PLA plays to its strengths in war games

China’s Ground Force excels in events testing air defenses, driving and maintenance in battlefield conditions. Cui Jia reports from Korla, Xinjiang Uygur autonomous region.

Soldiers load ammunition onto a tank on Aug 4 during the International Army Games 2017 in Korla, Xinjiang Uygur autonomous region. ZOU HONG/CHINA DAILY

Lu Donghua carefully lifted the QW-2 antiaircraft missile launcher to his shoulder, drew a breath, and then pulled the trigger. Within seconds, he was watching his target “blossom like a flower” in the sky.

“Just imagine if that target was an attack helicopter sent by the enemy in a real battle,” the 26-year-old private with the People’s Liberation Army Ground Force said shortly after jumping down from atop a 92A infantry fighting vehicle.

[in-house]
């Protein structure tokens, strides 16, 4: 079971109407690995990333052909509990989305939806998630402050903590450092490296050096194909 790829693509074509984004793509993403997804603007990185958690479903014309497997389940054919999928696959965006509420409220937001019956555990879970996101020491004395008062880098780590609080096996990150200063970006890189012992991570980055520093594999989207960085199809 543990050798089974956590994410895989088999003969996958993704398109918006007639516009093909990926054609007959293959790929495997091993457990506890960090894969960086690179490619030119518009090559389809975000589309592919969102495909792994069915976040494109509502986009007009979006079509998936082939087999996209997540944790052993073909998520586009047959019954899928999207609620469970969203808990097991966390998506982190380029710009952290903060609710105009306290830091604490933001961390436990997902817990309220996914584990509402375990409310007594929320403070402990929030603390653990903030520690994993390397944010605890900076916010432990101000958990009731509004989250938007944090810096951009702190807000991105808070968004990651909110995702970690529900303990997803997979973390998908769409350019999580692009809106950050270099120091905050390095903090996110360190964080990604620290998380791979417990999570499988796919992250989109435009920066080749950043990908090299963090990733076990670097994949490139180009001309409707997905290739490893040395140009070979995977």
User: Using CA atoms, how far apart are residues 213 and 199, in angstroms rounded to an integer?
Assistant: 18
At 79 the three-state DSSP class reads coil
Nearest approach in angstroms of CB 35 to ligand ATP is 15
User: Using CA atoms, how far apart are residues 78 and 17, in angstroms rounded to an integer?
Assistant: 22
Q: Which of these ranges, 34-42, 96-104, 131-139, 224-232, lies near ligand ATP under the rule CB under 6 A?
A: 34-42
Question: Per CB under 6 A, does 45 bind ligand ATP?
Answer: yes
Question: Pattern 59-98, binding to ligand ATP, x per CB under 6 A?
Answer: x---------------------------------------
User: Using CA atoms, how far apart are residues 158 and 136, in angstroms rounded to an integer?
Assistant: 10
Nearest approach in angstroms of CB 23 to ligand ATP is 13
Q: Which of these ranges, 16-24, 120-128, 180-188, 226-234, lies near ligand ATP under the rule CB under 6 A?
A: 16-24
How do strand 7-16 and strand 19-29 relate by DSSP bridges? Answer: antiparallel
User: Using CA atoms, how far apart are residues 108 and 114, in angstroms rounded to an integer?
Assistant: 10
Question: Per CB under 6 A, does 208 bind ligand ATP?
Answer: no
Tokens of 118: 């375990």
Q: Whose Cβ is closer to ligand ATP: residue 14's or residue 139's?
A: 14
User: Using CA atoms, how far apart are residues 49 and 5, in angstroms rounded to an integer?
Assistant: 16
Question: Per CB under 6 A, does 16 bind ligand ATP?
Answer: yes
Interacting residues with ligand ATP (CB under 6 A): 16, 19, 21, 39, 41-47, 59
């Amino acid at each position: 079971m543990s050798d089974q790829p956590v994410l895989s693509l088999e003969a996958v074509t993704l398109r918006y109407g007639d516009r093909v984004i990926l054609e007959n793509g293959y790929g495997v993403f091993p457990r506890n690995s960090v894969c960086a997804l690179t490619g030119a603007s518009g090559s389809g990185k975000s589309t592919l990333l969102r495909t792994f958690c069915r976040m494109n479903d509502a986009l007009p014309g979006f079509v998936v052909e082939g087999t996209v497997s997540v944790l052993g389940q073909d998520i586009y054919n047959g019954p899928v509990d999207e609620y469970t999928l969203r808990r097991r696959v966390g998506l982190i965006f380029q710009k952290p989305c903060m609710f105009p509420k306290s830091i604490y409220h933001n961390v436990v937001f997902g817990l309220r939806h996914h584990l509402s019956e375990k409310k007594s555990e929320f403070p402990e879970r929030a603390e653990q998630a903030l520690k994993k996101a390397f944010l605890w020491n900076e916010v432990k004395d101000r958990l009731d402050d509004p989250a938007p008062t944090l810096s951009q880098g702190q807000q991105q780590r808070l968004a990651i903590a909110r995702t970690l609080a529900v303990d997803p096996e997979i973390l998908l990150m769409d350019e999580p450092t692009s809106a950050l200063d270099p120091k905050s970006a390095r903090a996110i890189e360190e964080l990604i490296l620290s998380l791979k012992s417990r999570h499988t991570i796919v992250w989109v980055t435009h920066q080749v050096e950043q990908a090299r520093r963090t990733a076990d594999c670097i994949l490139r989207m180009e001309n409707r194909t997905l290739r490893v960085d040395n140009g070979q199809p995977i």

The target was in fact a large circular board about 1.5 kilometers away in the Gobi Desert that had been raised 13 meters above the ground to simulate a helicopter strike.

Four days earlier, on Aug 1, Lu had also shredded a moving target in an antimissile exercise to begin his air-defense unit’s campaign at the International Army Games 2017 in Korla, a city in the Xinjiang Uygur autonomous region.

The games, known as the Military Olympics, were initiated by Russia in 2014. This year, for the first time, China hosted four sections: Suvorov Attack, Clear Sky, Safe Environment and Gunsmith Master.

Militaries from 10 countries competed under the blazing desert sun from July 31 until Saturday. According to the official results released over the weekend, teams from the PLA Ground Force won 11 contests over the four sections.

Colonel Tan Yingshuai, a spokesman for the PLA Ground Force, said he believes any military that can claim victory in the International Army Games is also likely to succeed on a real battlefield.